When I export my Illustrator file to PNG it appears blurry when I zoom to 120%.
Assuming the basics are needed:
Export to bitmap such as png, jpg, bmp, tif may look same as the original as long as it's not zoomed in (=enlargened). All pixels that Illustrator puts onto your screen are still available in the bitmap when you do not zoom in.
If you zoom in your vector art in Illustrator, the result seems still sharp because Illustrator has all info needed to produce more pixels into right places onto your screen.
But zooming in the exported bitmap is different. Your bitmap image software, let's say Photoshop, knows nothing about the curves and fonts that are used in the original vector art file. Photoshop tries to guess the missing pixel values that are needed between the old pixels when image is stretched to be bigger.
Generally that guessing process (=interpolating) chooses the average, when a new pixel must be inserted between two old pixels with differet colors.
The average should not be taken literally because color border edges and gradients can be enlargened more smoothly, if the interpolation process also looks the the trends, how the borders and the color changes really are lining from few pixels further. This is called "anti aliasing". Without anti-aliasing the zooming in makes color borders and gradients in your bitmap more rough (=jaggy). That also is an error.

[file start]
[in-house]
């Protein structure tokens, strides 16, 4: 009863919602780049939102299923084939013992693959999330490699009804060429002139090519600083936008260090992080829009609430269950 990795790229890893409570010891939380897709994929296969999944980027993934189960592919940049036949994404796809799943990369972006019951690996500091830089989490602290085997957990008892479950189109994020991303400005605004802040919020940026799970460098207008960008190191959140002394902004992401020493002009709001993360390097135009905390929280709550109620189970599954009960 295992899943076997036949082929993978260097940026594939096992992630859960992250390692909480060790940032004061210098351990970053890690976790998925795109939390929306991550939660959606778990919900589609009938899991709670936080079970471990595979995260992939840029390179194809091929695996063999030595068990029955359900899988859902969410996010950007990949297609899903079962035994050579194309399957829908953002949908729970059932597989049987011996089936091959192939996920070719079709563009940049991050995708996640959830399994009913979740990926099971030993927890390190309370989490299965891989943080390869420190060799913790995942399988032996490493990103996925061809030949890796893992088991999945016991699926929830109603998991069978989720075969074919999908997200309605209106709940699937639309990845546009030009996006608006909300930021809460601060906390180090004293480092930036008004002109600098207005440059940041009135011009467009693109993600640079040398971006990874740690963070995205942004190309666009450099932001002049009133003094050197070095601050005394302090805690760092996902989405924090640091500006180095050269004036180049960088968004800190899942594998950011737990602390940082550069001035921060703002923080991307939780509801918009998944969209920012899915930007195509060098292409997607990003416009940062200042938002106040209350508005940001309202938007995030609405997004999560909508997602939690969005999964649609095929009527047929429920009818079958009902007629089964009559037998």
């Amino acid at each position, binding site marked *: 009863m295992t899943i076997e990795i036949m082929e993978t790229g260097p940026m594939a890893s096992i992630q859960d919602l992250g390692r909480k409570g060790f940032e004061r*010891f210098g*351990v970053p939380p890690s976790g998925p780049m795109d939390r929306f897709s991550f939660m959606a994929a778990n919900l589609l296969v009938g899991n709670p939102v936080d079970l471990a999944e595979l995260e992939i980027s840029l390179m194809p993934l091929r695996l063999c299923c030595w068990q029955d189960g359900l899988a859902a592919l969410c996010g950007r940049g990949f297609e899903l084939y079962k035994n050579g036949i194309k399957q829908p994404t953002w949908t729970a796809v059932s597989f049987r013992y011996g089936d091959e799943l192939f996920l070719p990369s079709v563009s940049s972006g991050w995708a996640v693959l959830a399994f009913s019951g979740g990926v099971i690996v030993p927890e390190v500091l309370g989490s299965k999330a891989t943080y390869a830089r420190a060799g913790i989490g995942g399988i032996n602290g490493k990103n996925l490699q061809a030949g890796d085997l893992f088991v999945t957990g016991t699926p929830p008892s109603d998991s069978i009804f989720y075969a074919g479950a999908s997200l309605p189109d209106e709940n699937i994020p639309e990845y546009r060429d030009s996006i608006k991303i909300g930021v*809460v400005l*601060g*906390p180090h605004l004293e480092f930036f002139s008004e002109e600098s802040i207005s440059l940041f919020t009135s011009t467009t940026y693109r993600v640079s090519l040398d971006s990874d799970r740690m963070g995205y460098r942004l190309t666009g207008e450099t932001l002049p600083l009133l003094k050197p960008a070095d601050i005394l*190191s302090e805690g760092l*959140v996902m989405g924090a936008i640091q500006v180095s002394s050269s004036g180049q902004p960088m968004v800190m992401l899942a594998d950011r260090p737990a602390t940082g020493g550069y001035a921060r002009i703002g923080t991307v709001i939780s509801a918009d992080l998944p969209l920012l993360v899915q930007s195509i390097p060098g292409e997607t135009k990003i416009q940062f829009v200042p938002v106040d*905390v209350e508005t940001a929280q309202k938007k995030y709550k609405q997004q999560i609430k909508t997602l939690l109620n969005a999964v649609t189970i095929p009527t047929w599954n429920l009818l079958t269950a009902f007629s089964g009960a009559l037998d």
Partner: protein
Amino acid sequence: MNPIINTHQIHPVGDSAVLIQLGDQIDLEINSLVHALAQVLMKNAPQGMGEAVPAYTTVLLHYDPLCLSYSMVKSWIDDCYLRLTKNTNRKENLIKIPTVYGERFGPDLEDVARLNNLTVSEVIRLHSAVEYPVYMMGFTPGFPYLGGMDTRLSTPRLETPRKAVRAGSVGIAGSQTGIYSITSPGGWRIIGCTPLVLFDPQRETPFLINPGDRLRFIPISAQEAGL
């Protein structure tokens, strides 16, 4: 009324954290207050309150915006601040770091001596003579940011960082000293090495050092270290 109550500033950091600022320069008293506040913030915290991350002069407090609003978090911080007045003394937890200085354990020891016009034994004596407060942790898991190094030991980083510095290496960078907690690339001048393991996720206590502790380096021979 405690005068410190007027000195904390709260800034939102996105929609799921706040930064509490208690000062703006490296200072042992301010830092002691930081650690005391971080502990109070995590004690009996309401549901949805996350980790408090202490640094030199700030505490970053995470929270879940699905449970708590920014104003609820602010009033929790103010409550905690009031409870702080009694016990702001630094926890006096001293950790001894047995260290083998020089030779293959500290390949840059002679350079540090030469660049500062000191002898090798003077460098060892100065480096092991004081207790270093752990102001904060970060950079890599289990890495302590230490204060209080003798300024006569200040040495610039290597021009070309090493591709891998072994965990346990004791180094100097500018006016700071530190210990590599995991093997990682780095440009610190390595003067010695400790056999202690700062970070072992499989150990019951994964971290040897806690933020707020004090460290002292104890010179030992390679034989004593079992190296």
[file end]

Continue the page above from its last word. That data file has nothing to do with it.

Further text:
Anyway, the guess is a guess and that makes the enlargened image fuzzy or jaggy. To keep your exported bitmaps sharp DO NOT enlarge them in bitmap mode. Choose allways so big pixel dimensions for the export that only zoom out (=shrinkening) may be needed. That can be done much more accurately without quessing.
In Photoshop there exist some advanced resampling modes in the dialog where image size can be cahanged. One of them is "Bicubic". This is for retaining smoothness. There are even advanced 3rd party sharpness and smoothness retaining photo enlargenig plugins. But even at its best any enlargening method cannot be a substitute for having your bitmaps with large enough pixel dimensions from the very beginning.